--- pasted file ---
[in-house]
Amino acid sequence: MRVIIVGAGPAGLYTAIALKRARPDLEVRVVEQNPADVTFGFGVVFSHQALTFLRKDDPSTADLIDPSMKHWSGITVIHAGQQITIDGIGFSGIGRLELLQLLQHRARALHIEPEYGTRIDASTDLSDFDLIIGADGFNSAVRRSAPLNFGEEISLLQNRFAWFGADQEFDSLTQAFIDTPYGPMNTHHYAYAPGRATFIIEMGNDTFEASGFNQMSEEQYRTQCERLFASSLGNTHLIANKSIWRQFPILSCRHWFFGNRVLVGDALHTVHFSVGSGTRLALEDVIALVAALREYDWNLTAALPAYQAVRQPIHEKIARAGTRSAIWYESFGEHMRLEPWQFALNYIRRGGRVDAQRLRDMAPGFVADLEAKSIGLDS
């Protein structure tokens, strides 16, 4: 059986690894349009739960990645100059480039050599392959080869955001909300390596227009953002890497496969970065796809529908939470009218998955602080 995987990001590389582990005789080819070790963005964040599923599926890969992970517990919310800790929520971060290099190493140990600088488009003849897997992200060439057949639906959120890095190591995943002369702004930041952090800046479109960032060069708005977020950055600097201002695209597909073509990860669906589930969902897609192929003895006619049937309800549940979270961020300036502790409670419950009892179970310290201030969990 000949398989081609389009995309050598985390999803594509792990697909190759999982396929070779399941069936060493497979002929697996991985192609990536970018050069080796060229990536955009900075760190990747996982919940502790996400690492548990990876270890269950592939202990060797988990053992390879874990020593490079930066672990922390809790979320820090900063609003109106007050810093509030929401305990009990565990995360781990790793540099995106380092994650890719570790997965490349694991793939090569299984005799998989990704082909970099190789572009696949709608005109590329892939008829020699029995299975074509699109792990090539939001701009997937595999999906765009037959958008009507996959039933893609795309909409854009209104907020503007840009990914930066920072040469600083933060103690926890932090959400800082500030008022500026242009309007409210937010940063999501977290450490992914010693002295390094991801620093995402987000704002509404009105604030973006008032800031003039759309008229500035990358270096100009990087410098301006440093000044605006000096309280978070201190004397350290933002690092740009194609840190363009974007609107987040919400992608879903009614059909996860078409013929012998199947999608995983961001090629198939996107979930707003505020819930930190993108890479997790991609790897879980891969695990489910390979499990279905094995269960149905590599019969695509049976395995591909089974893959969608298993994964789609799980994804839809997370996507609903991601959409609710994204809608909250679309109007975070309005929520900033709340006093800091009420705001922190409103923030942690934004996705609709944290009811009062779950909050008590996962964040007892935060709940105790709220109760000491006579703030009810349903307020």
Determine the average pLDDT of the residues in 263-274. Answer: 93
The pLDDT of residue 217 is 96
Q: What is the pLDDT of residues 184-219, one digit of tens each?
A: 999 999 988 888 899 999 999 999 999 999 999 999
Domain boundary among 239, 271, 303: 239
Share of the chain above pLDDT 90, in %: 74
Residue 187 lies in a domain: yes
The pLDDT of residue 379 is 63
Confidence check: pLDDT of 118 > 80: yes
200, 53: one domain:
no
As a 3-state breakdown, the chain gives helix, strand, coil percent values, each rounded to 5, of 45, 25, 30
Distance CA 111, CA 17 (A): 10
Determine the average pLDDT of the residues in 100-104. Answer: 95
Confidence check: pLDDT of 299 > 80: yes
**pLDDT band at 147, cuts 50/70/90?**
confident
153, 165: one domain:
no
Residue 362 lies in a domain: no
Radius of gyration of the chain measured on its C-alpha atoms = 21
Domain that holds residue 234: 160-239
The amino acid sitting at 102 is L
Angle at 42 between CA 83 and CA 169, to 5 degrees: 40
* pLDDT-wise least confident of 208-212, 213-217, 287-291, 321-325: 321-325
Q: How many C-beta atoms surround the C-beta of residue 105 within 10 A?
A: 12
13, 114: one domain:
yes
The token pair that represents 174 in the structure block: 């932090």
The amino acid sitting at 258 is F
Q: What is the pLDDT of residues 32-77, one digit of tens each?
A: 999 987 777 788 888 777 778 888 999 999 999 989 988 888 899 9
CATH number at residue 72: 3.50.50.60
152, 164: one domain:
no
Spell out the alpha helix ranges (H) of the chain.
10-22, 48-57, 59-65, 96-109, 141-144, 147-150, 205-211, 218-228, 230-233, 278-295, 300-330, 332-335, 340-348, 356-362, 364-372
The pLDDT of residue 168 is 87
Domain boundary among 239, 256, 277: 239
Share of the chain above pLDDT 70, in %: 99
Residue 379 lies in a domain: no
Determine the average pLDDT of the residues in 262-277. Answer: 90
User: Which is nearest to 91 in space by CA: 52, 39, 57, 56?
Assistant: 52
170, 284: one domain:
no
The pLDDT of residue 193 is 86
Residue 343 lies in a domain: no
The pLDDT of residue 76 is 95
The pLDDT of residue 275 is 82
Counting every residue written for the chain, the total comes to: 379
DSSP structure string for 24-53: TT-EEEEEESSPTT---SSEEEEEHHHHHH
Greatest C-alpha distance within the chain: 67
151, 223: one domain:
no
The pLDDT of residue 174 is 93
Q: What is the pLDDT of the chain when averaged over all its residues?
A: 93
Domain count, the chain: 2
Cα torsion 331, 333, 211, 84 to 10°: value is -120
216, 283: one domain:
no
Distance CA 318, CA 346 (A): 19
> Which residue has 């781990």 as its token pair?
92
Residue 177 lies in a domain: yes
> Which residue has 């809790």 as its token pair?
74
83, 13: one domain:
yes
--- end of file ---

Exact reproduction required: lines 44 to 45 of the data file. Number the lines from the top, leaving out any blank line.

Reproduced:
Share of the chain above pLDDT 70, in %: 99
Residue 379 lies in a domain: no